410 Deleted Response Code
This is the closest thing to the guillotine approach and should be used for content you don’t care to see (or have Google or anyone else) see ever again.
Setting a 410 deleted response code for the page you are deleting is akin to telling Google to forget about your page forever, notifying them that you have deleted it for a reason and that it didn’t magically disappear into the depths of the Web.
Some webmasters may instead suggest a 404 not found response code, but this method causes delays because it relies upon Google figuring out for itself that the page is gone. A 410 deleted response code doesn’t mince words, sending a direct, much more powerful message to search engines that you mean business.
Think of a 301 as a change of address with the post office: When you move, you let the post office know that you still want to receive your same mail, only you want to receive it at a new address.
A 301 redirect should be used for saying goodbye to a page that is invaluable enough to be scraped but contains enough authority that you want it passed on to another page of your site.
For example, to use our roofing company scenario again, let’s assume you have a fairly large number of pages on your site that discuss the benefits of a new roof. Each of these pages has managed to build up some fairly decent rankings and a number of inbound links, but they’re still struggling overall.
This approach uses a 301 redirect to pass any of that existing authority to a stronger page of your site that covers the same topic or one that’s similar. In effect, the weaker pages are going away — when their URLs are accessed, the redirect kicks in and sends the visitor to the URL that’s the result of the redirect — but what little value they have generated is preserved.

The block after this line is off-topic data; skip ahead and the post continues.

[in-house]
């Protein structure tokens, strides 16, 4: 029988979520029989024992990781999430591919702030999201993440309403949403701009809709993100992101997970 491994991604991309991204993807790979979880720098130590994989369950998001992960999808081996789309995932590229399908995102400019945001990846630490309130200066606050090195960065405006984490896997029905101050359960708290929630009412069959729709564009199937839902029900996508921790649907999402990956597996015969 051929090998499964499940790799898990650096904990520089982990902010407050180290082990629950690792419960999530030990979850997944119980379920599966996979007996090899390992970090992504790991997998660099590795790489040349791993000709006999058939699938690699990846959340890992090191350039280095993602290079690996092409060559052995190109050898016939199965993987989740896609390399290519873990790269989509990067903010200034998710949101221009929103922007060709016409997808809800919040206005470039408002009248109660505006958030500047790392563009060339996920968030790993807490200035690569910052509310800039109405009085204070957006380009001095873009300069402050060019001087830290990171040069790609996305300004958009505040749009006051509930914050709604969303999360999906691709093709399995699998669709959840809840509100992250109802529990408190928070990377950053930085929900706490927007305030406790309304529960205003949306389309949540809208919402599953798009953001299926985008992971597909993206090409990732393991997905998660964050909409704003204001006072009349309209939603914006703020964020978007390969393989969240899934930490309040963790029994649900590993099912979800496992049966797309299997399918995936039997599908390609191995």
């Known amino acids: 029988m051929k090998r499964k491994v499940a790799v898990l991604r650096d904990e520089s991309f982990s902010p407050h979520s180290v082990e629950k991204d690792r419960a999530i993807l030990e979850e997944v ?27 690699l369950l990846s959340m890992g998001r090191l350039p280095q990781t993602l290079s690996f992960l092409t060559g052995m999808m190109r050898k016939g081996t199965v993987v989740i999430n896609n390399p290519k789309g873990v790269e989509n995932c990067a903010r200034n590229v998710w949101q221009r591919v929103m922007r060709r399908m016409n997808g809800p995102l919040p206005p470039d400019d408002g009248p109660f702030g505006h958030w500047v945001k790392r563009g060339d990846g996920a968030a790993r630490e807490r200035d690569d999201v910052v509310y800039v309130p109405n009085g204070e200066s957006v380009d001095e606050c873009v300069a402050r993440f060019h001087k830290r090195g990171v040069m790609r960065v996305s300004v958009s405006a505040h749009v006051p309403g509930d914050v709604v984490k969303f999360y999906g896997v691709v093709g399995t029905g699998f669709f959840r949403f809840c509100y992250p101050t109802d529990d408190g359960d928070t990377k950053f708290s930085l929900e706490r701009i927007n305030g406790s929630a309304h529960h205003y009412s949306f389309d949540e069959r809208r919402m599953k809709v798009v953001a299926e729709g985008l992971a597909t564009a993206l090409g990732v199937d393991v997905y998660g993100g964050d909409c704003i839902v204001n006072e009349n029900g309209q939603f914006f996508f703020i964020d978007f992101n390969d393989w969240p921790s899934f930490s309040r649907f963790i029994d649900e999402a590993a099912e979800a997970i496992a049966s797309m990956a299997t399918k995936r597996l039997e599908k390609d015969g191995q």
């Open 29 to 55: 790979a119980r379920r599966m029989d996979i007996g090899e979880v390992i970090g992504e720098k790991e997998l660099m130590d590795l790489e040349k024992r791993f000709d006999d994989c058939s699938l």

In the rare event that a piece of content on your site performs poorly with Google yet still serves a purpose to your readers, you can exercise the deindex option.
Deindexing a page keeps it around in its entirety, but a “noindex” command is implemented into its source code to command Google to exclude it from search results. Another way of accomplishing this is listing out the pages you want deindexed within your robots.txt file.
A good candidate for deindexing is a thank you page. When someone accomplishes a goal on your site, such a filling out a contact form, you’re thankful for their consideration. As such, you’d like to show them a message stating your appreciation, but this type of page holds no weight with Google.
Deindexing this page allows you to retain its benefit while telling search engines to ignore its content.